The aim of this in-vitro study was to investigate the influence of cortical bone thickness on the amount of surface microdamage produced after insertion of orthodontic miniscrews (OM) in porcine tibia bone.Methods
Aarhus OMs (Medicon, Tuttlingen, Germany; diameter, 1.5 mm; length, 6 mm) were inserted into 1.0 mm (group A; n = 10), 1.5 mm (group B; n = 10), and 2.0 mm (group C; n = 10) of porcine cortical bone using a torque-limiting hand screwdriver set at 18 Ncm. A sequential staining technique was used to identify microdamage under laser confocal microscopy. Virtual slices were stitched together using ImageJ software (National Institutes of Health, Bethesda, Md) to form a compressed 2-dimensional composition of the microdamage. The ImageJ software was used to quantify the total damage area, diffuse damage area, maximum crack length, maximum damage radius, and maximum diffuse damage radius. Kruskal-Wallis tests and Wilcoxon rank sum tests were used to analyze the data.Results
All OMs in group A (1.0 mm) were inserted completely; however, 2 OMs from group B (1.5 mm) and all OMs in group C (2.0 mm) failed to insert completely. The entry surface of group C (2.0 mm) exhibited significantly higher amounts of total damage, diffuse damage area, maximum crack length, and maximum crack damage radius compared with groups A (1.0 mm) and B (1.5 mm). The maximum crack length observed on the entry and exit surfaces ranged from 1.03 to 3.06 mm.Conclusions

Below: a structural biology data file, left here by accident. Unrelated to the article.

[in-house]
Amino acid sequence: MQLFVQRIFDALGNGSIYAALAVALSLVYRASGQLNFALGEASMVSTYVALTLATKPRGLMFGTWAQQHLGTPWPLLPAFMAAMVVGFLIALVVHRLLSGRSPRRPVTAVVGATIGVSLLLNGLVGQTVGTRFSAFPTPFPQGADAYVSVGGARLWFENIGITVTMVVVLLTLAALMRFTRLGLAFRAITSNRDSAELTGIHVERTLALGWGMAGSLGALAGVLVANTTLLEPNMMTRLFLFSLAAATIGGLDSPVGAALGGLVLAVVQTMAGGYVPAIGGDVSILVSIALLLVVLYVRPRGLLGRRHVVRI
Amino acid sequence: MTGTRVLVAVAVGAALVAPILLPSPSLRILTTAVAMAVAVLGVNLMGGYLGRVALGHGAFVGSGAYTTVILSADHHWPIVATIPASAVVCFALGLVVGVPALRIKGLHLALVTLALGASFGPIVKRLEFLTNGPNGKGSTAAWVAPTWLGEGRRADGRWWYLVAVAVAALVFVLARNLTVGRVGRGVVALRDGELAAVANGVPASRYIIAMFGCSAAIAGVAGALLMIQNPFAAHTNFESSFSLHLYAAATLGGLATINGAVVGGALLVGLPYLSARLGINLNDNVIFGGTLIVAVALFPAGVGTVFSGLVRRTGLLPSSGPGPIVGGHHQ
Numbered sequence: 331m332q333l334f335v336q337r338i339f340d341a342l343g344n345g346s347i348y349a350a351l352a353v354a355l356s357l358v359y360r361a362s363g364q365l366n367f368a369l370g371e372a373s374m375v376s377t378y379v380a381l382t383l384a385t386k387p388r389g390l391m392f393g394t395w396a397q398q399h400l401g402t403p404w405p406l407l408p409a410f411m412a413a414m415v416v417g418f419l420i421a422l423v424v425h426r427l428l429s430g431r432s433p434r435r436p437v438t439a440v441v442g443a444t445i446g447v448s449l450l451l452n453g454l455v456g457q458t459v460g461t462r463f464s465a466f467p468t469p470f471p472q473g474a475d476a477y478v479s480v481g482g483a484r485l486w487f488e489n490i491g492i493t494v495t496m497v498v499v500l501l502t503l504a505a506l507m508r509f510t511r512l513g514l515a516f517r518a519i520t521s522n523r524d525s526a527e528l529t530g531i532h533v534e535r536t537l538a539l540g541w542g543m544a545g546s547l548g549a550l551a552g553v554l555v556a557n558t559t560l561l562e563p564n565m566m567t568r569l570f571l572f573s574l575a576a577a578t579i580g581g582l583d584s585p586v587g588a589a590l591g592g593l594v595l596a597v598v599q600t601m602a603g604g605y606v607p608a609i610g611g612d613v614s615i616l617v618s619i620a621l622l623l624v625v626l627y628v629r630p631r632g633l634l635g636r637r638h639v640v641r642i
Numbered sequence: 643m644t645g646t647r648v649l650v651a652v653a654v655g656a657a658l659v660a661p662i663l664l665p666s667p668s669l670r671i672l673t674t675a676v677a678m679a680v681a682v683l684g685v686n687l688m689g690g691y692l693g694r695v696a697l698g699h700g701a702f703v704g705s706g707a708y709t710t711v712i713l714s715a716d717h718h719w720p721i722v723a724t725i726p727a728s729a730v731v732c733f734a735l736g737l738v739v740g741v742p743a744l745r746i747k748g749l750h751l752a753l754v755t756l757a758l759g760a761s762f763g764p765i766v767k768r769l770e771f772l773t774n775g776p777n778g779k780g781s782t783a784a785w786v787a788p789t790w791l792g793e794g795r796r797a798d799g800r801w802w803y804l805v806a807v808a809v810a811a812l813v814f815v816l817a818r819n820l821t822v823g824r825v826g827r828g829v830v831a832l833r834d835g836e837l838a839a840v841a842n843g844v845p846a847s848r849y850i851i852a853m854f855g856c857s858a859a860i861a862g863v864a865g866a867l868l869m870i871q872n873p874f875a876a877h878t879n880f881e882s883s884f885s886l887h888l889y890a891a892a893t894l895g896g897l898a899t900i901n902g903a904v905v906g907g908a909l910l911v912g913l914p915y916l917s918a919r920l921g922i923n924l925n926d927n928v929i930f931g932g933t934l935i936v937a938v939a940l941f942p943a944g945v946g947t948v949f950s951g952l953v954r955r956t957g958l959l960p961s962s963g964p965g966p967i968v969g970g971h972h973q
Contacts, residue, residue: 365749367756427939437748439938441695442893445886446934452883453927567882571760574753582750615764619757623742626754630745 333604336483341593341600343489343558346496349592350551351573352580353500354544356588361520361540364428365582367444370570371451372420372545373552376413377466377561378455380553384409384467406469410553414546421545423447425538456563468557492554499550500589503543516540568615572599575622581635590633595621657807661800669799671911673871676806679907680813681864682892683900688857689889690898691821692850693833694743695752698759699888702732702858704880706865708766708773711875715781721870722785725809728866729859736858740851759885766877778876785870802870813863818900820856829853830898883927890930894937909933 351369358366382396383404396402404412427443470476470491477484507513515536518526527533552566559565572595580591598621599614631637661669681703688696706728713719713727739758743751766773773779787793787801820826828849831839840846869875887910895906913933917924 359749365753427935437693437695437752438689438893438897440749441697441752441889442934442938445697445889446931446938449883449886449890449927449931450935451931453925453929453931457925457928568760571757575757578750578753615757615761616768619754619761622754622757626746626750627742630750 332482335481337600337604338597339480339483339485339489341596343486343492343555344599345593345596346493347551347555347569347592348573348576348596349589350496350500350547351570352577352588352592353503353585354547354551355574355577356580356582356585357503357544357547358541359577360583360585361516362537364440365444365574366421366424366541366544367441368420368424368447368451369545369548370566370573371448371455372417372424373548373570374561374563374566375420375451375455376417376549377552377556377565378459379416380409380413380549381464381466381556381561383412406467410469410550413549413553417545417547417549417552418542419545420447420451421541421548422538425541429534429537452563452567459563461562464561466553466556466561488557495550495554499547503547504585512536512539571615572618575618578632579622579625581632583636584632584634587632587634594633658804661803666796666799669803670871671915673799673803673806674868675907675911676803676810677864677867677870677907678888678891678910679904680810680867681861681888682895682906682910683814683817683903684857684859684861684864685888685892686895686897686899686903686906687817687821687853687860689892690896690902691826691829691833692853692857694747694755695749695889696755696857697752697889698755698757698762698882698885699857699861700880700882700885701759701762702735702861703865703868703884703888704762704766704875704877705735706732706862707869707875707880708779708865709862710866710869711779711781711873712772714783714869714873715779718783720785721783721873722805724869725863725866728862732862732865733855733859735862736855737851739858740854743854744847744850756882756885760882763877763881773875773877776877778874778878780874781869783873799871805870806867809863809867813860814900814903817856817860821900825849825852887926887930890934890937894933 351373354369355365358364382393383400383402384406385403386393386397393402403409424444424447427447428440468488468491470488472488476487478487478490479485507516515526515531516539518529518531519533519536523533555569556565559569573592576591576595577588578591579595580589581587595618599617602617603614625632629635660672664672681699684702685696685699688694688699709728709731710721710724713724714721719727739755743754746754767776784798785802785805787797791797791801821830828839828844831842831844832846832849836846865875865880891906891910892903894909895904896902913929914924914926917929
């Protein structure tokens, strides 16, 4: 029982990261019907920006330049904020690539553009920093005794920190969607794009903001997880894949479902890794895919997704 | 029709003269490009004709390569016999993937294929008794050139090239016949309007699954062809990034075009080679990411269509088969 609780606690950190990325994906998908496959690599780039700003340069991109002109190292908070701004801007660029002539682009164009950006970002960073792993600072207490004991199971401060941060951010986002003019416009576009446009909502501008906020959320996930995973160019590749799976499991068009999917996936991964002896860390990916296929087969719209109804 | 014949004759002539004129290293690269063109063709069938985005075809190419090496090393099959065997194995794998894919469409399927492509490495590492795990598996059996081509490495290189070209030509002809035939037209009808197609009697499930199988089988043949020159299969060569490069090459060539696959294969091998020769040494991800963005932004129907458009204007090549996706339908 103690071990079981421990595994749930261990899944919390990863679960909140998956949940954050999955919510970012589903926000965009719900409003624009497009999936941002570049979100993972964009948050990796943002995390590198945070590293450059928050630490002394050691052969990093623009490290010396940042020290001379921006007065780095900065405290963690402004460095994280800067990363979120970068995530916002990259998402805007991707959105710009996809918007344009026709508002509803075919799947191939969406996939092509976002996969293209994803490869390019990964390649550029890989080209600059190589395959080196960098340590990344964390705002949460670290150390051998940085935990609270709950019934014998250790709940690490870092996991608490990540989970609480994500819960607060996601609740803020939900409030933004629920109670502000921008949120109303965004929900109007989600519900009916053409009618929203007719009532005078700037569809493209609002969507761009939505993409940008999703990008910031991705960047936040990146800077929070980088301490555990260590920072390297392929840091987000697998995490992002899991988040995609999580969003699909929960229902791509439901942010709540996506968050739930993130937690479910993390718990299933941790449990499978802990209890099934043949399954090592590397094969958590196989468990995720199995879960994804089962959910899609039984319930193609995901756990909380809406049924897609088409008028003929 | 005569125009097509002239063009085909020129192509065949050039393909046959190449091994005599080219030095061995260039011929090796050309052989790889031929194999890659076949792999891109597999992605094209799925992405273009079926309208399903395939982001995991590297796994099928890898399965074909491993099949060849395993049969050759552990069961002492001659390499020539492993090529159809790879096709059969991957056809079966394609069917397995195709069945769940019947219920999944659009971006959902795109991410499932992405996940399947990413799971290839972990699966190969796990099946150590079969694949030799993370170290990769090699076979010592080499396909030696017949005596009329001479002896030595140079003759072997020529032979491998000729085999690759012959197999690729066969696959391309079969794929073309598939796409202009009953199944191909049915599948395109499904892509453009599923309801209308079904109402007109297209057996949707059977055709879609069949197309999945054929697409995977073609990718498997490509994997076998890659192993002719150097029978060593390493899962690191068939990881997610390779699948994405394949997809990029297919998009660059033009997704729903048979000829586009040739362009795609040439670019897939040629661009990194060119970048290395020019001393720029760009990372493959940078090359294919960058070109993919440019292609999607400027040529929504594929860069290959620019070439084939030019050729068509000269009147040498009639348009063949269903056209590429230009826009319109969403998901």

In this study, we demonstrated a higher level of microdamage after the insertion of OMs into 2.0-mm thick cortical bone compared with 1.0-mm thick cortical bone. Therefore, clinicians need to consider the thickness of the cortical bone at the insertion site, because mechanisms to reduce cortical bone thickness would likely reduce the amount of microdamage formed. A safety zone of 3.5 mm from the OM is also recommended for OMs inserted into 1.0- and 1.5-mm cortical bone thicknesses to minimize any detrimental effects after targeted remodeling.